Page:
Posted on Independence Day, @ZoeScaman's explosive article Mad Men. Furious Women. has sparked fireworks throughout the advertising industry and promises to create fallout that could singe perpetrators of sexual harassment who, to date, have gotten away with it unscathed. Scaman argues that "far from dissipating over the last decade, misogyny in the ad industry has simply mutated into something insidious, invisible, lurking in the shadows" and now "it's time to fire up the floodlights." (Editor's note: Our columnist Brian Jacobs has weighed in Scaman's shocking story.)
In addition to being a successful strategist, highly sought-after consultant, and prolific thought-leader on a variety of topics from fandoms, to crypto, to gaming, Scaman has also written persuasively on the business case for diversity and inclusion and well understands how sexism and racism continue to intersect in advertising. To wit, she credits Cindy Gallop for being "ahead of the game" in 2017 when she delivered the closing keynote at the 3% Conference.
In her remarks, Gallop quoted Rebecca Traister's assertion that "the history of America has been one of wholly mediocre white men wielding unearned influence" and went on to connect the dots: "Your audience must be your team. When you start the ad agency of tomorrow, your team needs to look like your consumers, and you know exactly what I'm talking about. Diversity drives innovation … diversity raises the fucking bar. I am so tired of how very low the creative bar has been set in our industry for decades by the white male dominance that has held our industry in a state of stasis while sexual harassment prevents the progression of women or female creatives or female leaders."
Since Gallop has been speaking out on advertising's lack of diversity since at least 2013, I thought I would use this column to excerpt (below) and adapt an article I published that same year entitled The Ghosts of Mad Men: Race and Gender Inequality Inside American Advertising Agenciesin The Routledge Companion to Advertising and Promotional Culture. The full version is freely available here.
Though the gender gap is certainly not unique to advertising, the industry tends to structure sex inequalities along the departmental split between account and creative -- an infamous rivalry cultivated by management and agency personnel alike. While the account management aspect of advertising -- which interfaces directly with the client -- has become increasingly gendered as a female space, creative -- which generates the ideas for campaigns -- has remained stubbornly male.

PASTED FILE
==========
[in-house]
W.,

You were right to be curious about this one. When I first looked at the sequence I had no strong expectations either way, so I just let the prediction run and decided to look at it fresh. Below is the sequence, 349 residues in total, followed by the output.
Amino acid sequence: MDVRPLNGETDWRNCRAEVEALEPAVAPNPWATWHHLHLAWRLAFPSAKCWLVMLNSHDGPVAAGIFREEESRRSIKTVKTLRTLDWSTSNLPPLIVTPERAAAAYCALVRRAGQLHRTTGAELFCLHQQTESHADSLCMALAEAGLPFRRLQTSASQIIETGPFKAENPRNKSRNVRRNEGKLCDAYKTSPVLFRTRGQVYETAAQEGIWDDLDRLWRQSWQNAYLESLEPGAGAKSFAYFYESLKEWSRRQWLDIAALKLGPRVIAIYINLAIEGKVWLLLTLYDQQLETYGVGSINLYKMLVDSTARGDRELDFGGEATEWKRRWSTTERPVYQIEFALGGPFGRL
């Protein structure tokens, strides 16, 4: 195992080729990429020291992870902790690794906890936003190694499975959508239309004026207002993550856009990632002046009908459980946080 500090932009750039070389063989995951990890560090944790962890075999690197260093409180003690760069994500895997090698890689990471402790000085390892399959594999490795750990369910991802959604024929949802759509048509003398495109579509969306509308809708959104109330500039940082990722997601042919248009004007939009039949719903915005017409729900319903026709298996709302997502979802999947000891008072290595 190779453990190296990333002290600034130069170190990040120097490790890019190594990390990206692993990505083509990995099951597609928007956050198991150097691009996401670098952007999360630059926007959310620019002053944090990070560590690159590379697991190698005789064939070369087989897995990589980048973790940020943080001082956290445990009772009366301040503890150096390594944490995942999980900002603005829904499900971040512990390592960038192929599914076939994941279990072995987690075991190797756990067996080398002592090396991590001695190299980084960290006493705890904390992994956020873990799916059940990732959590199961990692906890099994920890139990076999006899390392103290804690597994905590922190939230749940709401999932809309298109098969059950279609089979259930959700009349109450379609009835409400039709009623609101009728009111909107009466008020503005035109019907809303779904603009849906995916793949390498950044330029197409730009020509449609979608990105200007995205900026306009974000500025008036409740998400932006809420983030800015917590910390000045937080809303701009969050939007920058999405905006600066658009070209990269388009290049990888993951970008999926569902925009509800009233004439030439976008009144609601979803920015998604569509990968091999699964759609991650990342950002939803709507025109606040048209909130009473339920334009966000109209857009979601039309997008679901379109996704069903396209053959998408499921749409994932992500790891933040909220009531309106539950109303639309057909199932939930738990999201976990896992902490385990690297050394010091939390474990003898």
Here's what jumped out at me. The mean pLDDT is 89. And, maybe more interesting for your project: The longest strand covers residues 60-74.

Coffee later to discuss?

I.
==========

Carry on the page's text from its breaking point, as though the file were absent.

According to my informants, a rigid gender system presumes that men make the product (creative) while women do the paperwork (account). This relationship was often described in maternal terms, with female account executives having to continually "nag" the male creatives to meet deadlines and even show up at meetings where the men would often arrive late, put their feet up on the table, and expect women, no matter their actual role, to be secretaries: "Very rarely do they have notebooks, very rarely do they write anything down … and they say, 'So you're taking all the notes, right?'"
I spoke to one of these men, and he summed up the dynamic as the machinations of a boys club, plain and simple: "I think it was easier for women to transition from the roles of secretaries and assistants in whatever the sixties or seventies to, you know, the account side … the creative side is more male dominated … I mean, look at Mad Men, it's a boys club, it's been a boys club, it will always be a boys club until something drastic happens … it works like this: I get my executive creative position at an agency, so what do I do? I hire all my boys, so it will be a fun atmosphere, you know? So that's what happens. Everyone hires their boys, those boys go somewhere else and they hire their boys and they hire the juniors that they liked."
Other scholars have made similar observations. Michelle Gregory, in her article Inside the Locker Room: Male Homosociability in the Advertising Industry, argues that the predominance of men in ad agency creative departments cultivates an exclusive locker-room style of homosociability, reminiscent of formal old boys networks, where men bond through humor and banter.
And in his book Advertising Cultures: Gender, Commerce, Creativity, Sean Nixon describes the culture of creatives as marked by "laddish" behavior that is both willfully immature and hyper-masculine. In such an environment, managers treat the creative department as a "Never Neverland" where women are not welcome lest they "force the young male creatives to grow up and thus erode the essential juvenility" of their creative role.
The discrimination of the Mad Men era has built up a durable gender role infrastructure in advertising, whereby upper management remains a "male space" through tacit rules and cultural norms that have developed over time. And while the glass ceiling may have been technically cracked, and, in some cases, even broken by pioneering women since then, Scaman's reporting reveals how the industry's misogyny persists in the shadows thanks in large part to NDAs that cover up abuses and enable predators.
Here's hoping that powerful men, both on the agency and client side, will finally take heed of women like Scaman and Gallop, take responsibility for a boys club they helped create, and make this year's Fourth of July a declaration of independence from advertising's sexist past and present.
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